Understanding Climate Risk

Science, policy and decision-making

Northern Victorian Flood Review Part III

with 4 comments

This is the third post covering the January 2011 floods in northern Victoria. Part I described how the floods unfolded and Part II described the hydrology of the Loddon catchment and how its history has affected flood behaviour. This final post covers the climatic influences on the floods. The floods themselves are discussed here, and affects on the family farm in Kerang are shown here.

Northern Victoria’s rainfall is influenced by the El Niño–Southern Oscillation (ENSO; spring–summer), Indian Ocean Dipole (IOD; winter–spring) and Southern Annular Mode (SAM; winter). Correlations of northern Victorian rainfall with simple indices are -0.51 for SOI May–Jan, ‑0.48 and -0.45 for two IOD indices May–Jan, and -0.25 for SAM for winter rainfall.Recent research has linked exceptionally wet conditions in south-eastern Australia with the combination of La Niña and a negative Indian Ocean Dipole (-IOD) (Ummenhofer et al., 2009; Ummenhofer et al., 2011).

The -IOD is associated with exceptionally warm waters off north-western Australia resulting in ‘north-west’ cloud bands that bring flooding rains into northern Victoria. The recent extended drought in Victoria has been characterised by an absence of these weather patterns. While central and north-western Australia have become wetter, this rainfall source has been conspicuously absent from south-eastern Australia.

Ummenhofer et al. (2009; UEA) nominate the following years as combined La Niña-negative IOD years: 1906, 1909, 1916, 1917, 1933, 1942 and 1975. These dates are based on Meyers et al.’s (2007; MEA) classification of -IOD that includes upwelling and/or strong winds near Java (MEA). MEA also included 1910, 1928, 1950 and 1981. Based on a more straightforward use of the Indian Ocean Dipole Mode Index, the Bureau of Meteorology nominates the years 1964, 1971, 1974 and 1975 as La Niña – negative IOD years since 1958 (BoM). However, if the simple Dipole Mode Index (DMI) is used, there are a good many false positives, so the accompanying climatological analysis by UEA and MEA nominating positive and negative IOD years is vital for assessing the  statistics.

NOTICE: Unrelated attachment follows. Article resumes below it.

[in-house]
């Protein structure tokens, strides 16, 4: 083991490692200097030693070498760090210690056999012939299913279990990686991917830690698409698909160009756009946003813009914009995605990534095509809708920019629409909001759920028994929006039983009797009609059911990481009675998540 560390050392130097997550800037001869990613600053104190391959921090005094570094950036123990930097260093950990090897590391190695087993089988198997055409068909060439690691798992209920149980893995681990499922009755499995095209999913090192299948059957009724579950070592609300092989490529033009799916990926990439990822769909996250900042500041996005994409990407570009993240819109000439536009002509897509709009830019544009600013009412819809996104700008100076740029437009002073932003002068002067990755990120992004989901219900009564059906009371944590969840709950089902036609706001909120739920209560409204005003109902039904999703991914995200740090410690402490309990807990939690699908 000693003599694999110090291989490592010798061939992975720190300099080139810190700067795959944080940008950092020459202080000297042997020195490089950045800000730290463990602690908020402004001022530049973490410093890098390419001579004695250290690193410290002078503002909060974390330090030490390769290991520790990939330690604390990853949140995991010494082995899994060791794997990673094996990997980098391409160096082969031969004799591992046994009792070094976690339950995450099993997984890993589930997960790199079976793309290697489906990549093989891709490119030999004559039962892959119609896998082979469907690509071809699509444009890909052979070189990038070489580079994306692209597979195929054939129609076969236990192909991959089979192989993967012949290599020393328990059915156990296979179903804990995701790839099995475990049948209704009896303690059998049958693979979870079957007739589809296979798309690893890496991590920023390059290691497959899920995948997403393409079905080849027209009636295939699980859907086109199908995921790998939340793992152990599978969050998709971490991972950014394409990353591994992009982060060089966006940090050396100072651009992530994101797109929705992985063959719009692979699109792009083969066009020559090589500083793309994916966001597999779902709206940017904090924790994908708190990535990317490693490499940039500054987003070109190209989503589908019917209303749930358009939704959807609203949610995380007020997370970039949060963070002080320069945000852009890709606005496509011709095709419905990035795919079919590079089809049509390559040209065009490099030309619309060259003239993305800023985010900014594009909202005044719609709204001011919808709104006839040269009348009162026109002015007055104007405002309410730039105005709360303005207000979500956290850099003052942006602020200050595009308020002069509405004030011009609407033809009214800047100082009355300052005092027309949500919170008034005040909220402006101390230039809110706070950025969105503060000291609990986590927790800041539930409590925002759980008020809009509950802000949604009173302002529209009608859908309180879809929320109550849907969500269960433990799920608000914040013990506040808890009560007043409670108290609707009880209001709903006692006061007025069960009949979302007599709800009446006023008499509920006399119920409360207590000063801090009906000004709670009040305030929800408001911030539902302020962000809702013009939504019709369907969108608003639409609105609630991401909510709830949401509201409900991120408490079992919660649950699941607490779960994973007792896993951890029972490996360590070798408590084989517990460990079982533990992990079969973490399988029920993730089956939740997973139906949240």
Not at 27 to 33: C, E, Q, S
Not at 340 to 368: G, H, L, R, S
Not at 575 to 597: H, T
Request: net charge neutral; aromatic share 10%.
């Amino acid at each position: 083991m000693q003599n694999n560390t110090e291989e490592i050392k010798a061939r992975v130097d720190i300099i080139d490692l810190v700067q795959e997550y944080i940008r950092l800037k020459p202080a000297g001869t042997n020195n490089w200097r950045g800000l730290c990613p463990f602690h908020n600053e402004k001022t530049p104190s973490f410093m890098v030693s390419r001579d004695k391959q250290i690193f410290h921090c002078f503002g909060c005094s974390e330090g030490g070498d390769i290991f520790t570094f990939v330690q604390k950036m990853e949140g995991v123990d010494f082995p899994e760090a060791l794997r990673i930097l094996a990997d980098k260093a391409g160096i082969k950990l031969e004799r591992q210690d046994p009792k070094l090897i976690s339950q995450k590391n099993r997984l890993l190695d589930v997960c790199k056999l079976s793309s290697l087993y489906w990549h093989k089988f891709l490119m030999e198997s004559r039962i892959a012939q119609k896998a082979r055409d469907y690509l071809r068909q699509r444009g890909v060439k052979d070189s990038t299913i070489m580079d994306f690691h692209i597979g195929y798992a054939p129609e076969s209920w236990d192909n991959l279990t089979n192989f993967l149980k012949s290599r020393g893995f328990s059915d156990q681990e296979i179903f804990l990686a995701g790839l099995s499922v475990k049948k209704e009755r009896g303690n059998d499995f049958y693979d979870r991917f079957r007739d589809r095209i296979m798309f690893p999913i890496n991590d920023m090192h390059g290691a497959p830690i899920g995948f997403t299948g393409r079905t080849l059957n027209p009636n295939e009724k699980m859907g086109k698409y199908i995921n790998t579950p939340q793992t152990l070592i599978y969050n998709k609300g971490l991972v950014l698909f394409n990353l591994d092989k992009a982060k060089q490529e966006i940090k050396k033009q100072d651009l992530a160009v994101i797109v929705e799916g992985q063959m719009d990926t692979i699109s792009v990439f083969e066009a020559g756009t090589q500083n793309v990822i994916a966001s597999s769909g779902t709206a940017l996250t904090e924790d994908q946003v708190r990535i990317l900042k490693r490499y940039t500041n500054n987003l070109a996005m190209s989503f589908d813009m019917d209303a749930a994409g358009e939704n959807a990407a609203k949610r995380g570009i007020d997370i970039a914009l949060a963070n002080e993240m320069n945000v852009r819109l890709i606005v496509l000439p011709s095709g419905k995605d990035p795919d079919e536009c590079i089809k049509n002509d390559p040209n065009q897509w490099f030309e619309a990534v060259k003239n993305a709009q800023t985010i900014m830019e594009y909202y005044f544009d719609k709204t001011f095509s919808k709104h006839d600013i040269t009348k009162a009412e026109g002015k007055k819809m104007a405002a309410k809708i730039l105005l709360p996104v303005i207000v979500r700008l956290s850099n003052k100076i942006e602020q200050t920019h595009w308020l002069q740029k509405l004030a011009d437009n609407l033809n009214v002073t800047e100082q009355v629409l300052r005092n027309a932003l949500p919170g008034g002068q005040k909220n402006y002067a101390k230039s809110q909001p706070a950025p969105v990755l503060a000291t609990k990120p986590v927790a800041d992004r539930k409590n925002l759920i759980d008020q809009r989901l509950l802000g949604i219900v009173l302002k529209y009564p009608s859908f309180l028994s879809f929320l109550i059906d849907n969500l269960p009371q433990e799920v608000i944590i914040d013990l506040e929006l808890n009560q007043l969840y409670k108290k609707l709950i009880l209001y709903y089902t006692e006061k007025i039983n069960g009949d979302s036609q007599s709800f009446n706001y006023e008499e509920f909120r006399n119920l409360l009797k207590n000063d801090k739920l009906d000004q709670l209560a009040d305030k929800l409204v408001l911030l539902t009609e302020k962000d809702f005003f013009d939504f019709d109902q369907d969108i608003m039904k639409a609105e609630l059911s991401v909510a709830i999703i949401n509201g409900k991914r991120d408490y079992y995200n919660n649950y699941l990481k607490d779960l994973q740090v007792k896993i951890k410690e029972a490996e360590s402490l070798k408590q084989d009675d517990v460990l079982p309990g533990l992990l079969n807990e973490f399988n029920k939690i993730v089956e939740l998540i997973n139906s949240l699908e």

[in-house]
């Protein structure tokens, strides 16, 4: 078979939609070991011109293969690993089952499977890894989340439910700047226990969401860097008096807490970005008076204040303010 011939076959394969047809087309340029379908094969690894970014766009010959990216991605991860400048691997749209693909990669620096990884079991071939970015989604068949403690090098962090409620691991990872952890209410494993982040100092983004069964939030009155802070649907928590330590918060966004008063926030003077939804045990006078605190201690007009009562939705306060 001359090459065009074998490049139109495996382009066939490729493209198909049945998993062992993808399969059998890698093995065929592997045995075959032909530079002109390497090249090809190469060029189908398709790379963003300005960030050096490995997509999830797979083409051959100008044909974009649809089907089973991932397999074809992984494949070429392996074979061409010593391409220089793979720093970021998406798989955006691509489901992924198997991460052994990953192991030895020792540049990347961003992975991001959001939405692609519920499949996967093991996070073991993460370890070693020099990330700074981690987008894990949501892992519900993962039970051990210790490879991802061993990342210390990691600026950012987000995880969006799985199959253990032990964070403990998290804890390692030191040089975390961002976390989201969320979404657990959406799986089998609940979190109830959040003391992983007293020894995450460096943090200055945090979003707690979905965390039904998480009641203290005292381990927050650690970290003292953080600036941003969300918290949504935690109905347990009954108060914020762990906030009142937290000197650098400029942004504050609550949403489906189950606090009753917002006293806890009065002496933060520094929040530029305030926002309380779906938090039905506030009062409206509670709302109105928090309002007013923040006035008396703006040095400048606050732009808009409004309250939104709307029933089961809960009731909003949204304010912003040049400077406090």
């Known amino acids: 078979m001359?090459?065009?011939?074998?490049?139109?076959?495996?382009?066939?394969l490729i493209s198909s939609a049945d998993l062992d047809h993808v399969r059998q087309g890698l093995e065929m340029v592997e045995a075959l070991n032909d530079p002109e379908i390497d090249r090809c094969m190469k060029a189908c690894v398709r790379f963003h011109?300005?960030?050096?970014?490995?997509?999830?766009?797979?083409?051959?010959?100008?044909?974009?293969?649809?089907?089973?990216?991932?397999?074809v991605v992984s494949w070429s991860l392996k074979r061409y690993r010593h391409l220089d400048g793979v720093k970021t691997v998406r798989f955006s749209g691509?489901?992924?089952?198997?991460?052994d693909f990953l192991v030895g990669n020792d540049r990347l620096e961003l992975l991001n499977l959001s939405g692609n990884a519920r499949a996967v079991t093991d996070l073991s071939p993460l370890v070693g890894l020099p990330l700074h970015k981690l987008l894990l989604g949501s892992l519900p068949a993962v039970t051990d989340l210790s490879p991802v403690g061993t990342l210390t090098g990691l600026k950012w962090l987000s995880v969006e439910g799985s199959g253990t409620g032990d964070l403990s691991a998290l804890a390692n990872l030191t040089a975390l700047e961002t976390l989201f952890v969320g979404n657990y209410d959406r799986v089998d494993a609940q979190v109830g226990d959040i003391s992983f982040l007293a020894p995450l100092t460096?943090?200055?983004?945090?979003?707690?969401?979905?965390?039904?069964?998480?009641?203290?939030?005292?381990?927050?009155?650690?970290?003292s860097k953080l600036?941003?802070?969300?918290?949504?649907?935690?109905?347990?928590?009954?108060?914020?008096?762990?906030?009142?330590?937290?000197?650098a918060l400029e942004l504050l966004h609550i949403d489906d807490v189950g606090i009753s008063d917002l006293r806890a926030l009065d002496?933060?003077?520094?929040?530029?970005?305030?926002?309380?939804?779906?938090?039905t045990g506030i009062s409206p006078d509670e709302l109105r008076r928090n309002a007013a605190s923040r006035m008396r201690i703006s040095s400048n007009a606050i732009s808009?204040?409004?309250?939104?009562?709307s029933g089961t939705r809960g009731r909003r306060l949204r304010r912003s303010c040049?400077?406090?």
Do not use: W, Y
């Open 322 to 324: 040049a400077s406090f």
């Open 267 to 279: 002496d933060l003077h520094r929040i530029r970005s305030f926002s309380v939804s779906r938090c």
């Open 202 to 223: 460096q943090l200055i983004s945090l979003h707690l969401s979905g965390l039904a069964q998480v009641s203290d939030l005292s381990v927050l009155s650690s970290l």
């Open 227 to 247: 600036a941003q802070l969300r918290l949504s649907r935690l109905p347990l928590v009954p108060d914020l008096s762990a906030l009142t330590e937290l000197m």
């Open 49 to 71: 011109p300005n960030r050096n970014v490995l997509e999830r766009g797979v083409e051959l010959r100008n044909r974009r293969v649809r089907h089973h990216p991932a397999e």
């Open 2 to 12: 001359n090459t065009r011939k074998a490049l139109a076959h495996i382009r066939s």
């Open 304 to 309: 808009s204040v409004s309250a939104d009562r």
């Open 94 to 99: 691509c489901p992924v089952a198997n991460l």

When flood years are ranked according to the highest 40 monthly flows at Laanecoorie Reservoir in Victoria since 1900, of the 31 years represented, 11 (15) are combined La Niña -IOD years, 5 (8) are La Niña years, 11 (13) are neutral years, one is an El Niño year, one a -IOD year and one a +IOD year (numbers in brackets are occurrences). Laanecoorie Floods Table. All 7 of UEA’s dates for La Niña –IOD register, one of four extra MEA dates, two of BoM’s three dates  and 2010 as yet not analysed. These add up to the at least eleven La Niña-IOD flood years estimated to have occurred in the past 110 years. Over the same period 29 La Niña years with neutral IOD occurred and one La Niña coinciding with a +IOD (UEA 2009, 2011).

Most La Niña -IOD years have produced a major flow at Laanecoorie and about half have been major floods in northern Victoria: 1909, 1933, 1974, 1975 and 2010–11. La Niña years with major floods are 1956 and 1973, but the statistics for major monthly flows and La Niña years are not as high – they occur at a frequency slightly higher than La Niña years coinciding with neutral IODs. Neutral conditions (No ENSO or IOD event) occur about 50% of the time, but are associated with about one-third of major flow years. Therefore there is about a 20% chance of getting a high monthly flow in a neutral year. El Niño and +IOD events occurring with high flow events are rare but not unprecedented.

The lesson from this  is clear. La Niña-IOD years are highly likely to have moderate or major flooding. La Niña years have a slightly higher than chance probability of  having high flow events. However, because La Niña years are on the whole wetter  than normal, regional catchments are likely to be wetter – they are  preconditioned to flood. Negative IOD conditions usually only occur after a La Niña is in place – in 2010, negative IOD conditions arose halfway through August (see Figure). Flooding followed immediately. La Niña conditions and/or  catchment wetness should be used to establish flood readiness – these are conditions when heavy rain, if it occurs, is likely to cause flooding.

NINA3 and Indian Ocean Dipole Index Winter-Spring 2010